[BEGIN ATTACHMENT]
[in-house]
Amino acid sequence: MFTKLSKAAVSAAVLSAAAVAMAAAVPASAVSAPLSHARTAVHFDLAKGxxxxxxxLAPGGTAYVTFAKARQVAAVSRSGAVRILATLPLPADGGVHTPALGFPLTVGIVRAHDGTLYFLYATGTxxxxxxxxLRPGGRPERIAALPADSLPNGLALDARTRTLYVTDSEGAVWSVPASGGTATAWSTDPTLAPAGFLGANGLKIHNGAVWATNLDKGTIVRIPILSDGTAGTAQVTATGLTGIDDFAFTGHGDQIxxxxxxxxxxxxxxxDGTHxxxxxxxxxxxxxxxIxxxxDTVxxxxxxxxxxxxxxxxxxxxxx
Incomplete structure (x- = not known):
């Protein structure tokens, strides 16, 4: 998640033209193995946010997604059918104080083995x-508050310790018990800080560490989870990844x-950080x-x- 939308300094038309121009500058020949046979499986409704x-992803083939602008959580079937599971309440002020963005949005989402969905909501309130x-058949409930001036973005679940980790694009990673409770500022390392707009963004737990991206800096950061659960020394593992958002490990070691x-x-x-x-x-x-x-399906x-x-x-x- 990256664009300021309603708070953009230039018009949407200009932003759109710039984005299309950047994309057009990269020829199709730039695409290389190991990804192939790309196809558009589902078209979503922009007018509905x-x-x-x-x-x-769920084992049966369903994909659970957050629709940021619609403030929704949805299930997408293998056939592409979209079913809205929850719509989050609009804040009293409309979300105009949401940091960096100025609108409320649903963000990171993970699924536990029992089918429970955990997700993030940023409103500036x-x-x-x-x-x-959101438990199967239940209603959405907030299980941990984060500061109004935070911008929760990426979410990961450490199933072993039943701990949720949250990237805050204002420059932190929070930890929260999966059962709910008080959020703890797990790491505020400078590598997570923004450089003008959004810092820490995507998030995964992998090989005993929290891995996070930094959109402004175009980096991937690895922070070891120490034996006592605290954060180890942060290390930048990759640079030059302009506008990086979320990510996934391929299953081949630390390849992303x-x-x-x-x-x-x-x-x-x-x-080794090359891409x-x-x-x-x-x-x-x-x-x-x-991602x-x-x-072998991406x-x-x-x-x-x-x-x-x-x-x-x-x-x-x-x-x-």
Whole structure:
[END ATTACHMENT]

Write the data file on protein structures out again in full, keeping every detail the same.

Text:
[in-house]
Amino acid sequence: MFTKLSKAAVSAAVLSAAAVAMAAAVPASAVSAPLSHARTAVHFDLAKGxxxxxxxLAPGGTAYVTFAKARQVAAVSRSGAVRILATLPLPADGGVHTPALGFPLTVGIVRAHDGTLYFLYATGTxxxxxxxxLRPGGRPERIAALPADSLPNGLALDARTRTLYVTDSEGAVWSVPASGGTATAWSTDPTLAPAGFLGANGLKIHNGAVWATNLDKGTIVRIPILSDGTAGTAQVTATGLTGIDDFAFTGHGDQIxxxxxxxxxxxxxxxDGTHxxxxxxxxxxxxxxxIxxxxDTVxxxxxxxxxxxxxxxxxxxxxx
Incomplete structure (x- = not known):
């Protein structure tokens, strides 16, 4: 998640033209193995946010997604059918104080083995x-508050310790018990800080560490989870990844x-950080x-x- 939308300094038309121009500058020949046979499986409704x-992803083939602008959580079937599971309440002020963005949005989402969905909501309130x-058949409930001036973005679940980790694009990673409770500022390392707009963004737990991206800096950061659960020394593992958002490990070691x-x-x-x-x-x-x-399906x-x-x-x- 990256664009300021309603708070953009230039018009949407200009932003759109710039984005299309950047994309057009990269020829199709730039695409290389190991990804192939790309196809558009589902078209979503922009007018509905x-x-x-x-x-x-769920084992049966369903994909659970957050629709940021619609403030929704949805299930997408293998056939592409979209079913809205929850719509989050609009804040009293409309979300105009949401940091960096100025609108409320649903963000990171993970699924536990029992089918429970955990997700993030940023409103500036x-x-x-x-x-x-959101438990199967239940209603959405907030299980941990984060500061109004935070911008929760990426979410990961450490199933072993039943701990949720949250990237805050204002420059932190929070930890929260999966059962709910008080959020703890797990790491505020400078590598997570923004450089003008959004810092820490995507998030995964992998090989005993929290891995996070930094959109402004175009980096991937690895922070070891120490034996006592605290954060180890942060290390930048990759640079030059302009506008990086979320990510996934391929299953081949630390390849992303x-x-x-x-x-x-x-x-x-x-x-080794090359891409x-x-x-x-x-x-x-x-x-x-x-991602x-x-x-072998991406x-x-x-x-x-x-x-x-x-x-x-x-x-x-x-x-x-």
Whole structure: